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Silk Screen Film Series

For the fourth year in a row, Sewickley Academy partnered with Silk Screen to present three films that focus on Asian cultures and important global issues.

Girl Rising

January 11, 2014

English (and subtitles)
104 mins.

Girl Rising is a groundbreaking feature film about the strength of the human spirit and the power of education to transform societies. The film presents the remarkable stories of nine girls from around the world, told by celebrated writers and voiced by renowned actors. Through powerful storytelling, a simple, critical truth is delivered to the audience: "Educate Girls and You Will Change the World."

Meet the extraordinary girls featured in the film and watch the film's trailer here.

"Girl Rising" is recommended for an audience of grade 6 and above.

Sewickley Academy's Girl Up Club hosted a fair and fundraiser reception after the film, where $821 was raised for the Girl Up Foundation to help give every girl the opportunity to become educated, healthy, safe, counted, and positioned to be the next generation of leaders.

Born into Brothels

February 6, 2014

Bengali & English with English Subtitles
83 mins.

Born into Brothels, by Ross Kauffman and Zana Briski, is the winner of the 77th annual Academy Award for Best Documentary Feature. A tribute to the resiliency of childhood and the restorative power of art, Born into Brothels is a portrait of several unforgettable children who live in the red light district of Calcutta. Zana Briski, a New York-based photographer, gives each of the children a camera and teaches them to look at the world with new eyes.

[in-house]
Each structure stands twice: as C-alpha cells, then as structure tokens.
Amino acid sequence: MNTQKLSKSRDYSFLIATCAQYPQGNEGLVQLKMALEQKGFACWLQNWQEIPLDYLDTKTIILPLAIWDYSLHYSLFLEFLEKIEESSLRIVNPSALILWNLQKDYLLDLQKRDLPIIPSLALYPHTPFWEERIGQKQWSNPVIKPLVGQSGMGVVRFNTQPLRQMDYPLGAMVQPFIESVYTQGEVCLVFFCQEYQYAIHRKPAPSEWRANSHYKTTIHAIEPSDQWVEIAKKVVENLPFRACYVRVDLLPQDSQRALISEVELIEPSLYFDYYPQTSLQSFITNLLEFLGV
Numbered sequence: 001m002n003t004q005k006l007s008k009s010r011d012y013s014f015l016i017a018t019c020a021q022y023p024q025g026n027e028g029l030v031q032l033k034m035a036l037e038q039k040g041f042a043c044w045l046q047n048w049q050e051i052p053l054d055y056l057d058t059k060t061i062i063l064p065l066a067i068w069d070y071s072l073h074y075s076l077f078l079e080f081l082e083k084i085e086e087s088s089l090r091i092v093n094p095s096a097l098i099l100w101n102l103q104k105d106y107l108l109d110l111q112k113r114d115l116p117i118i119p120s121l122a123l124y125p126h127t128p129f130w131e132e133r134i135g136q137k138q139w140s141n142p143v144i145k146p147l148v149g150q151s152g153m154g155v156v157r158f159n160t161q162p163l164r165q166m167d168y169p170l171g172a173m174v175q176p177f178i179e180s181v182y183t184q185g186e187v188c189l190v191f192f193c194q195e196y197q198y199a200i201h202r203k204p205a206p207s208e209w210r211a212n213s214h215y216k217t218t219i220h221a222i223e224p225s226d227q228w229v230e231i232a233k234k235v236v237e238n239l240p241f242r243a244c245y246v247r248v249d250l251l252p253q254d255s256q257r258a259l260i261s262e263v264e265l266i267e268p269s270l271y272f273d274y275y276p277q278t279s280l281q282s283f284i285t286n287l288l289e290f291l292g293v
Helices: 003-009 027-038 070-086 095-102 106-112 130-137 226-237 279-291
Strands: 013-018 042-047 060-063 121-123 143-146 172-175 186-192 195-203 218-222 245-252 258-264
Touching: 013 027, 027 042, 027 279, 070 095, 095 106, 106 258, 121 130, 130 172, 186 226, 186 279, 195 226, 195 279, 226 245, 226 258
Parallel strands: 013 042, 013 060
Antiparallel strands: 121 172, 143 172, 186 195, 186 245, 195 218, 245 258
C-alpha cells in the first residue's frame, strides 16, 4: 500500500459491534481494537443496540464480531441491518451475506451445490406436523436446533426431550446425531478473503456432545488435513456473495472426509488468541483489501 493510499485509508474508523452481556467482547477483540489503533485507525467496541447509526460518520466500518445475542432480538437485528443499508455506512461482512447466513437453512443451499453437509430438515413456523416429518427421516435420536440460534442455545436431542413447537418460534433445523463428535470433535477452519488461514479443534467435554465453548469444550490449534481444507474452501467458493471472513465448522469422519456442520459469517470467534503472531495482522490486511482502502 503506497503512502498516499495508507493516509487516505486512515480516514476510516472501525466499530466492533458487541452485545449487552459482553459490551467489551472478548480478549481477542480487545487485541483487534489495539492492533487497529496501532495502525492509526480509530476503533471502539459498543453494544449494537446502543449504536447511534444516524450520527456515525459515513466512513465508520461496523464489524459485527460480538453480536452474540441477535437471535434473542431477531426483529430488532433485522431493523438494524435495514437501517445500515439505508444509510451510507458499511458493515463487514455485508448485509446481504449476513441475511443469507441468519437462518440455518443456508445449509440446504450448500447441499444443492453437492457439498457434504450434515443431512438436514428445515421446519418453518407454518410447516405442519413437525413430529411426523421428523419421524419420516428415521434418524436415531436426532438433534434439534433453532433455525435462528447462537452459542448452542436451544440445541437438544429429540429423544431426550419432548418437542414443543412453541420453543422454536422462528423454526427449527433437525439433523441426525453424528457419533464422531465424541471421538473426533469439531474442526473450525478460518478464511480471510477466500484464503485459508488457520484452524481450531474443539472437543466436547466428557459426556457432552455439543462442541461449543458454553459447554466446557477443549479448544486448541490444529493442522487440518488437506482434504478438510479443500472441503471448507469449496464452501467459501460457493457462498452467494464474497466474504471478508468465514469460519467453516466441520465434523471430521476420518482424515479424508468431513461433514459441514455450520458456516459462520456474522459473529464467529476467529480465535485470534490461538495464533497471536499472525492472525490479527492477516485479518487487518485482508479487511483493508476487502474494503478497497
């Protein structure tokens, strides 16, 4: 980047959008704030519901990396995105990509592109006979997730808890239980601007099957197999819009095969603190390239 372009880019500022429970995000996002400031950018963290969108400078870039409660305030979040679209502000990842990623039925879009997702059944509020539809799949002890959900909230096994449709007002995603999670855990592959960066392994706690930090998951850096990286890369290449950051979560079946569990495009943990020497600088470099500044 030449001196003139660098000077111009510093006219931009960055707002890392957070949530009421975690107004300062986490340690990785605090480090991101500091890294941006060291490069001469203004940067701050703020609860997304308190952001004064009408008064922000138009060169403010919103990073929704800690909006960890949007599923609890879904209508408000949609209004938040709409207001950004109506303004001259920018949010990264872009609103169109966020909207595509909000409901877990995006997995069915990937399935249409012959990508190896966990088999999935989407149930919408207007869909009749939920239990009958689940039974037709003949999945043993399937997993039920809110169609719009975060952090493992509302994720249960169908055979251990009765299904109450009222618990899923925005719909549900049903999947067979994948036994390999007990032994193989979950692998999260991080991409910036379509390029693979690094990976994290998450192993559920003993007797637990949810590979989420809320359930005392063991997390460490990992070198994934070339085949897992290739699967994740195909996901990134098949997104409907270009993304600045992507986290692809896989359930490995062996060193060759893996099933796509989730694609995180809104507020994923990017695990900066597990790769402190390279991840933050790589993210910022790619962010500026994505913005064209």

The discussion following the film was facilitated by Avijit Halder, one of the children featured in the film.

Parental discretion is advised.

Born Into Brothels

Every Day Is a Holiday

February 9, 2014

57 mins.

Chinese-American filmmaker Theresa Loong creates an intimate portrait of her father, a man 50 years her senior. Every Day Is a Holiday explores the bonds of the father-daughter relationship and places themes of growing older, immigration, and racism in the context of “living history.” Theresa's father, Paul Loong, talks of his experiences as a POW in Japan and his subsequent quest to become an American. Through the film, we discover why, despite much suffering, every day is a holiday.

View the film's trailer here.

The filmmaker Theresa facilitated the discussion following the film.

"Every Day Is a Holiday" is recommended for an audience of age 10 and above.

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